Moderate to severe (high-grade) changes (HSIL)

High-grade changes are more developed changes called high-grade squamous intraepithelial lesions (HSIL). This doesn’t mean cancer (most women will have cell changes that can be successfully treated), but you’ll need another check called a colposcopy. When you have this examination the colposcopist may discuss HPV testing with you.

Colposcopy

Colposcopy is an examination of the cervix, using a magnifying lens called a colposcope.

The colposcope looks like a pair of binoculars on a stand. It magnifies your cervix and vagina so that any abnormal areas can be seen. The examination may include taking a small piece of tissue (a biopsy).

The biopsy takes only a couple of seconds and may be a bit uncomfortable. The colposcopist will discuss the result of your colposcopy with you at the end of the examination and will tell you when your biopsy results will be available.

Treatment

The colposcopist may recommend treatment to remove the abnormal cells. The type of treatment will depend on the type of abnormality and where it is on your cervix. Many abnormalities can be treated under a local anaesthetic, either in the colposcopy clinic or in day surgery. Your colposcopist will discuss the options with you. They will also be able to explain the various types of treatment. Early treatment of abnormal cells is almost 100 percent successful in preventing cancer.

The National Cervical Screening Programme

The programme aims to prevent cervical cancer. All women who have cervical screening are part of the programme unless they say that they do not want to be.

The benefits of recording cervical screening information include:

  • ready availability of records to you, your health provider and the laboratory analysing your tests
  • automatic reminder letters if you are overdue for cervical screening test
  • checks to ensure the right follow-up after an abnormal screening test
  • planning for the needs of different ethnic groups.

The information collected by the programme is stored on a computer system called the NCSP Register, which is managed by the Ministry of Health.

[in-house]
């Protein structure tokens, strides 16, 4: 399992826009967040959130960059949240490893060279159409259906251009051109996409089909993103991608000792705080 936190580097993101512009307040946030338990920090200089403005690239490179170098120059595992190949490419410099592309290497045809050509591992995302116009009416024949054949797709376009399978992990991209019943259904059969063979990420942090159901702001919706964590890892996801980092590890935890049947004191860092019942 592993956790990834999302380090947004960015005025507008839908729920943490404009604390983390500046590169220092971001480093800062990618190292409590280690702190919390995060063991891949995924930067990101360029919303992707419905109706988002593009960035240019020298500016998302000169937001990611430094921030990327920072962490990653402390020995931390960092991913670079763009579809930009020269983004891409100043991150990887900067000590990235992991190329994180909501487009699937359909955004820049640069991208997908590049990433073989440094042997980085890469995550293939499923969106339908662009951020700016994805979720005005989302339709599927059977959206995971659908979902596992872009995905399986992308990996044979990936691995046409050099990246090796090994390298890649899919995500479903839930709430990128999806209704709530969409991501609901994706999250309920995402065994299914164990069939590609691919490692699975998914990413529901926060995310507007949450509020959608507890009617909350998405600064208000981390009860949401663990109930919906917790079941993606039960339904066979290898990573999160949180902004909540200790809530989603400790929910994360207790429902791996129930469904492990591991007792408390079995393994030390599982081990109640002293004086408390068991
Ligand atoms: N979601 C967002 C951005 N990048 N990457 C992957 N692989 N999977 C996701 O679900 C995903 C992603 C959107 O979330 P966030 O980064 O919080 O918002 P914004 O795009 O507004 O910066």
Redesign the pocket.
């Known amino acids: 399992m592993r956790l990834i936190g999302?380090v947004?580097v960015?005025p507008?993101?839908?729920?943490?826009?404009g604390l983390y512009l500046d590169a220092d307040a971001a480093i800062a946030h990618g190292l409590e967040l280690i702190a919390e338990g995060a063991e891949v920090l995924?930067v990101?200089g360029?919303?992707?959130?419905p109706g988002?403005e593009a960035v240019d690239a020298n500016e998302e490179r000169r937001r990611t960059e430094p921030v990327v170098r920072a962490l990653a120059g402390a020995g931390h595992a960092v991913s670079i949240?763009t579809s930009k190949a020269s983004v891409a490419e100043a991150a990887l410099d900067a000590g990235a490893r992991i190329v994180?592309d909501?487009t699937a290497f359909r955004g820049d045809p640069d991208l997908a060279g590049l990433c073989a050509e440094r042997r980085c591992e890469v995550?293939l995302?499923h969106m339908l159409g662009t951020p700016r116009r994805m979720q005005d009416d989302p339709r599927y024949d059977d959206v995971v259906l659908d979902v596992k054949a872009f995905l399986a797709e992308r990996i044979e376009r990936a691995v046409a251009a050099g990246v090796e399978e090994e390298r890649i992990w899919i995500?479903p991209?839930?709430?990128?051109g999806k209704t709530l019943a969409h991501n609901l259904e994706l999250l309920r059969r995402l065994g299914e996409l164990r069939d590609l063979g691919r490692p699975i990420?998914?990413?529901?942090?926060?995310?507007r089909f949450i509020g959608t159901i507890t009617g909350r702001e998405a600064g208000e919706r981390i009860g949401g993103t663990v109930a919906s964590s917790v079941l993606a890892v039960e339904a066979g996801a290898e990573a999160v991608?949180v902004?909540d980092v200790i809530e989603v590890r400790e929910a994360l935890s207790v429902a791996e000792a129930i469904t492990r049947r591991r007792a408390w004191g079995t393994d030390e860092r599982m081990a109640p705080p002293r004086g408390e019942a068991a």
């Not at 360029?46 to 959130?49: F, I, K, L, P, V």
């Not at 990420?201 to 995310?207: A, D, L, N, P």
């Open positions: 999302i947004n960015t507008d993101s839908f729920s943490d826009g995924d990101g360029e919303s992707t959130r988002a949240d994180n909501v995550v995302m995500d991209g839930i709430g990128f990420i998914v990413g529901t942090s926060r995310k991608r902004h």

Withdrawing from the programme

Any woman can withdraw from the programme at any time by filling in a form or by writing to the programme. When you withdraw, any cervical screening tests recorded on the register will be deleted and future tests are not recorded.

An Important Message

See your doctor if you have:

  • bleeding or spotting between menstrual periods
  • bleeding or spotting after sexual intercourse
  • bleeding or spotting after your menstrual periods have stopped (after menopause)
  • persistent pain in your pelvis
  • pain during sexual intercourse
  • unusual discharge from the vagina. The discharge might be smelly, have changed colour from white to pink, brown, or green, or be streaked with blood.

These symptoms can happen for several reasons and rarely mean that you have cervical cancer. However, they should be checked by your doctor.

Further information

Visit our website: www.timetoscreen.nz

View this pamphlet and other health education resources at www.healthed.govt.nz

Contact:

  • the National Cervical Screening Programme, freephone 0800 729 729
  • your doctor or practice nurse
  • community health centres, eg Māori health centres, Pacific health centres or women’s health centres
  • your local Family Planning Association (FPA)
  • your local Cancer Society.

If you change your address, please advise your health provider and the National Cervical Screening Programme, freephone 0800 729 729 or email info@ncspregister.health.nz